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In recent years the resort to trade restrictions for purposes of environmental policy has given rise to an increasing number of international dispute settlement proceedings, both on the world-wide level in the context of the General Agreement on Tariffs and Trade and the newly established World Trade Organisation, and on the regional level in the European Community and among the member countries of the North American Free Trade Agreement.
The present work discusses the evolution of trade law in the global and regional context and analyzes and compares the different world-wide and regional approaches to the various interface problems of trade and environmental policies. The book includes in an annex a selection of the most important provisions, reports and court cases.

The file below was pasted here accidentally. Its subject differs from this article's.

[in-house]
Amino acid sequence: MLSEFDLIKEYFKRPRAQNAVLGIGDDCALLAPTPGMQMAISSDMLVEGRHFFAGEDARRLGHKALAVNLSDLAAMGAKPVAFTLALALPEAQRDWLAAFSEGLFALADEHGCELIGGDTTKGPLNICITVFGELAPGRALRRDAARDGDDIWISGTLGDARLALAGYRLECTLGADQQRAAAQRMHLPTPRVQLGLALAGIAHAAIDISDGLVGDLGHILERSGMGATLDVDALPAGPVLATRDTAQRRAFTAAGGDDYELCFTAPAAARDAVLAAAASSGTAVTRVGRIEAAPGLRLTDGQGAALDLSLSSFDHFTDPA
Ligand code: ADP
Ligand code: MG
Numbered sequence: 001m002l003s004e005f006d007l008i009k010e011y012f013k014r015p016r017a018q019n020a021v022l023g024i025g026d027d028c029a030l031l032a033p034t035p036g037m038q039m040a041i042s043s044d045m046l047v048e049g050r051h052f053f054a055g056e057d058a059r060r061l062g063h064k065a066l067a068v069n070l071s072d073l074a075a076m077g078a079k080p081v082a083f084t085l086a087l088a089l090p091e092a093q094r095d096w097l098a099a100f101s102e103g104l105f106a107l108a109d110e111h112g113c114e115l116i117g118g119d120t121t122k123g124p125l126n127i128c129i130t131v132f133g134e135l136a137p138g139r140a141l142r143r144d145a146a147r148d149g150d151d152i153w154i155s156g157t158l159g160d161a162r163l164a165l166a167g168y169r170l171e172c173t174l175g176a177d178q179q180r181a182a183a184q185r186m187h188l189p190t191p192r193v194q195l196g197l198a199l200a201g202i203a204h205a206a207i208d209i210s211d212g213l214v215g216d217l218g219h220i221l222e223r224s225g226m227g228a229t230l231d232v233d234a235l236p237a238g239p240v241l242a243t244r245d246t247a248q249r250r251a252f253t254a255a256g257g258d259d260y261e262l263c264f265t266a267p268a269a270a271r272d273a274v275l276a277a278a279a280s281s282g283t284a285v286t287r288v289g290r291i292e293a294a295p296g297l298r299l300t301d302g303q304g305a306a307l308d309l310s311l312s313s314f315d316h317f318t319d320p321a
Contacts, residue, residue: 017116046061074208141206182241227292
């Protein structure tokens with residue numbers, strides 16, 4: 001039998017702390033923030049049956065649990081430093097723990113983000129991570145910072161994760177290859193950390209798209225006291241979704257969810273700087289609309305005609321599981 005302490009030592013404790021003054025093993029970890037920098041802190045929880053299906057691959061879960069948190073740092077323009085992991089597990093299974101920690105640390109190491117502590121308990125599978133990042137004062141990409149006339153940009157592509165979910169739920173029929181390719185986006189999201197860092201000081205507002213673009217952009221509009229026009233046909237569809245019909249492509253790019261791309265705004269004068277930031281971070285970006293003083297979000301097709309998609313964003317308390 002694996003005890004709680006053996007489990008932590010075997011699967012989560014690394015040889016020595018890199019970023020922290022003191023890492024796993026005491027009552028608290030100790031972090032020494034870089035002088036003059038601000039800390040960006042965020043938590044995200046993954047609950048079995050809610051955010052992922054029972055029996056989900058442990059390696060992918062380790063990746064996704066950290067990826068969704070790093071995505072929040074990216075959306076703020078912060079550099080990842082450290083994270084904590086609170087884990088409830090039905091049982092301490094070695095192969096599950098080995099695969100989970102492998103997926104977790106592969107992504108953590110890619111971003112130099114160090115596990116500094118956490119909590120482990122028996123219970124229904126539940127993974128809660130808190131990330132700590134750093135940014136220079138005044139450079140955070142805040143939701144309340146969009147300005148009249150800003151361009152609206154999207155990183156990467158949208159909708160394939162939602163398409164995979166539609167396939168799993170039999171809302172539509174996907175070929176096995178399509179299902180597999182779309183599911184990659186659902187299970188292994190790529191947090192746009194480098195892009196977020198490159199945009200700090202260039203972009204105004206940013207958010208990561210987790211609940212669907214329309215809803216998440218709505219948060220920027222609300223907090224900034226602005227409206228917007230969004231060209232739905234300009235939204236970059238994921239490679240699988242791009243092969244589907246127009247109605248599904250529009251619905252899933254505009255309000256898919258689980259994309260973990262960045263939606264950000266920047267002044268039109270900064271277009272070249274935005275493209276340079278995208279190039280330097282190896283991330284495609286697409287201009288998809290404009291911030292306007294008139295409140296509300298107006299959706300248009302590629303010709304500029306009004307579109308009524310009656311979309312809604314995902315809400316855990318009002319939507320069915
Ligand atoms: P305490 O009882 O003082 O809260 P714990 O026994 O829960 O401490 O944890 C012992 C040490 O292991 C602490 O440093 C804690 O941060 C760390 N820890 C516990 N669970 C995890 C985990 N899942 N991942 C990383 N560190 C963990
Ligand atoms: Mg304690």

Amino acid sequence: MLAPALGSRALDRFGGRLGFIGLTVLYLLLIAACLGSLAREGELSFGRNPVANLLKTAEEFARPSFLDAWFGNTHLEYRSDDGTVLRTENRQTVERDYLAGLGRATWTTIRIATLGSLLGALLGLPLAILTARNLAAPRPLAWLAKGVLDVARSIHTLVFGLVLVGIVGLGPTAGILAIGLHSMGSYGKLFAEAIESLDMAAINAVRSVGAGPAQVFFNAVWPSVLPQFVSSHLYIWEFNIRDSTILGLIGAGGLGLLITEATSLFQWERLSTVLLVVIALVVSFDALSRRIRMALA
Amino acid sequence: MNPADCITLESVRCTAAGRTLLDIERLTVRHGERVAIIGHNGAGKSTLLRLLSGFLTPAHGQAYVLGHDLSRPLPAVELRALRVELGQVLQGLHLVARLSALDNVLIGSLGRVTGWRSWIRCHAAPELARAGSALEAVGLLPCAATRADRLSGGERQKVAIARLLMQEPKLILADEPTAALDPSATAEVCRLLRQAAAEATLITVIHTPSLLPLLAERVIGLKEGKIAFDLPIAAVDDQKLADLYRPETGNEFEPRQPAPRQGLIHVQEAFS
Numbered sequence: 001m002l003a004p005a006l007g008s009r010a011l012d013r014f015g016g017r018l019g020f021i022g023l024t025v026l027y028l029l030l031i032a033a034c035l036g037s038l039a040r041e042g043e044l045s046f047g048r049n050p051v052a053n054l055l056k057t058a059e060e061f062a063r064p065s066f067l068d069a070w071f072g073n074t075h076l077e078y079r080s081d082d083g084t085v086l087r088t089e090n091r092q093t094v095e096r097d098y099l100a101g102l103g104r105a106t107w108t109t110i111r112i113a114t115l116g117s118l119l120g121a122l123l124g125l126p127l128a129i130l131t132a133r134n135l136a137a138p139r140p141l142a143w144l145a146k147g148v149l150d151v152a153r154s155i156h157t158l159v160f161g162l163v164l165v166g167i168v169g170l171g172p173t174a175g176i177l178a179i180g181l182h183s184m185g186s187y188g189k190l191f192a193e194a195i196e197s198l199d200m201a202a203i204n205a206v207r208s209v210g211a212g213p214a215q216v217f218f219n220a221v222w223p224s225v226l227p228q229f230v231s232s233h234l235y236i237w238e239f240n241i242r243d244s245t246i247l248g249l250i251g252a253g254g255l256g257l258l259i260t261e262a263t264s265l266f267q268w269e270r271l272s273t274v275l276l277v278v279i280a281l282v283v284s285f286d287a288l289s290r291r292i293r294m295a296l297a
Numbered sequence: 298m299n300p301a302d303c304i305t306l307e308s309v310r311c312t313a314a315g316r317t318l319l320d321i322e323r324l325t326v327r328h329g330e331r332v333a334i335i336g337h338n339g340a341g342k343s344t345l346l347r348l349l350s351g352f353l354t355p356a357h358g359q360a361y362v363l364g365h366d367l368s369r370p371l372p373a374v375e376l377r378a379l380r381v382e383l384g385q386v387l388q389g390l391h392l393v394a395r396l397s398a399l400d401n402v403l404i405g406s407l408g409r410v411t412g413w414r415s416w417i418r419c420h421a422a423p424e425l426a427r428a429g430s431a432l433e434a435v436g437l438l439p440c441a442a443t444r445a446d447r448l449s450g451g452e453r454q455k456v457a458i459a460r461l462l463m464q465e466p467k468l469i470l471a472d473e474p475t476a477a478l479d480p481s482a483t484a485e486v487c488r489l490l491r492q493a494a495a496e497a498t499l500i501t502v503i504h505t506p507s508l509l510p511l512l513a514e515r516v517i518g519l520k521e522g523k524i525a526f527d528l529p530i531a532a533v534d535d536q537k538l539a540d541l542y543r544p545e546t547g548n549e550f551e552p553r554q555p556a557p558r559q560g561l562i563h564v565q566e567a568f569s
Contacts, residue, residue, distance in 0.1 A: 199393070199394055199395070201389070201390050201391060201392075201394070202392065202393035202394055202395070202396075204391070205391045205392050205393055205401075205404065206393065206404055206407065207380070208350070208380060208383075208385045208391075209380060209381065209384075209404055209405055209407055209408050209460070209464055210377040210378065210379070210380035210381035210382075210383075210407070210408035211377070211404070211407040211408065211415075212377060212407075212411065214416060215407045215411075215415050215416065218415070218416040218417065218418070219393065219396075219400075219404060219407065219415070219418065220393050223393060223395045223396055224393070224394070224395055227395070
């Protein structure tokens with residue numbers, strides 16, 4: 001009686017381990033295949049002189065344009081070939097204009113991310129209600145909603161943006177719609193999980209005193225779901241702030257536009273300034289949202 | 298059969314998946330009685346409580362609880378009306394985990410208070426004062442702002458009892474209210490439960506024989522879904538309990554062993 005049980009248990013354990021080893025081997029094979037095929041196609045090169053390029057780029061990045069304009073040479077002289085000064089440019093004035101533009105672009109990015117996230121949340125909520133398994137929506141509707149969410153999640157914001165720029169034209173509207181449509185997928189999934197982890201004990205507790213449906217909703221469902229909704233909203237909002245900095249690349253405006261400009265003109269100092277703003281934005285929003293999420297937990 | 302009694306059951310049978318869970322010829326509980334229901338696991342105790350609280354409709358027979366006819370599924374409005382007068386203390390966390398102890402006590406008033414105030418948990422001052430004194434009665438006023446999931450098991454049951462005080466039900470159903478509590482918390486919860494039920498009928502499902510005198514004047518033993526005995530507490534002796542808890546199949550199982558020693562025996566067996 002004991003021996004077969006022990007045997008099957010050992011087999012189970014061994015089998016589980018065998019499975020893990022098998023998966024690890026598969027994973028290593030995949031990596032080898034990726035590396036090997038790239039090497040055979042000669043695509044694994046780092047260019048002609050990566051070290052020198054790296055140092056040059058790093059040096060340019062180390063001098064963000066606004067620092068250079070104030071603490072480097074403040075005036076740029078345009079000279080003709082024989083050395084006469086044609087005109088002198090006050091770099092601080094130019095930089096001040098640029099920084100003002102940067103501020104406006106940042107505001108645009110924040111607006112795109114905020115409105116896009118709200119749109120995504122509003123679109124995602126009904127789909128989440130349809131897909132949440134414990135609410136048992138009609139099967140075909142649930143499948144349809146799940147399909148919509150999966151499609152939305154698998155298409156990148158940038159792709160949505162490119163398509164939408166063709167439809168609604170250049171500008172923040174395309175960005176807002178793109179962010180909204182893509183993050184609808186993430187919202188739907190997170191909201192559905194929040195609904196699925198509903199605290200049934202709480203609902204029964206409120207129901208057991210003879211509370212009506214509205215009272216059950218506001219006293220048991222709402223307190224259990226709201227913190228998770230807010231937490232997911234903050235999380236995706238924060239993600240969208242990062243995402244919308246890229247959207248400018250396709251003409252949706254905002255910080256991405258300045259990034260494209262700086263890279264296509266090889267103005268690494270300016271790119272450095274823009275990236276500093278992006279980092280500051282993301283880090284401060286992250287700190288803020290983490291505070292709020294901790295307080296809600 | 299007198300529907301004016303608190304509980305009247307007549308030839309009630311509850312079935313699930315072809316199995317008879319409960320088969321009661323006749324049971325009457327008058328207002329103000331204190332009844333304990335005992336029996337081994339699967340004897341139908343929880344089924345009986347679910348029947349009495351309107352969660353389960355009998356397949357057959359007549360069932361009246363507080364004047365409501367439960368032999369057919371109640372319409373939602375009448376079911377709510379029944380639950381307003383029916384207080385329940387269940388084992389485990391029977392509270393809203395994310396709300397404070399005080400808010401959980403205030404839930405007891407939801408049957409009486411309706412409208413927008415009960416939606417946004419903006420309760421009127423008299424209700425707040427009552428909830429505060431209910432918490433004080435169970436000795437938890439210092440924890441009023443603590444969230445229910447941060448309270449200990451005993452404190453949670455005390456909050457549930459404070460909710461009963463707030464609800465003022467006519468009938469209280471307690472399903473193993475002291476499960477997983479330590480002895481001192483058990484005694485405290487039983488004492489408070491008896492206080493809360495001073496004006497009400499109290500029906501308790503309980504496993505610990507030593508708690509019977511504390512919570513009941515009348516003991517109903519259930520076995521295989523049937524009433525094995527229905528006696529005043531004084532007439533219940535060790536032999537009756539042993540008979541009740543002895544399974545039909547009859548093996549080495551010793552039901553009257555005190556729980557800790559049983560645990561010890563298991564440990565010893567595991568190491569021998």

The Centre for Studies and Research in International Law and International Relations forms part of the Hague Academy of International Law, and operates under the authority of its managing board and within the framework of its teaching. The Centre was established to further in-depth research in the area of International Law. The topic for 1991 was The Legal Implications of 1993 for Member and Non-Member Countries of the EC.
The content of this volume includes:- The Present State of Research Carried Out By the English-Speaking Section of The Centre for Studies and Research, by Alan Dashwood. - Bilan de recherches de la Section de langue française du Centre d'Etudes et de Recherche de l'Académie, par Daniel Vignes. - Annex. List of Participants and Subjects Treated. - Annexe. Liste de participants et sujets traités.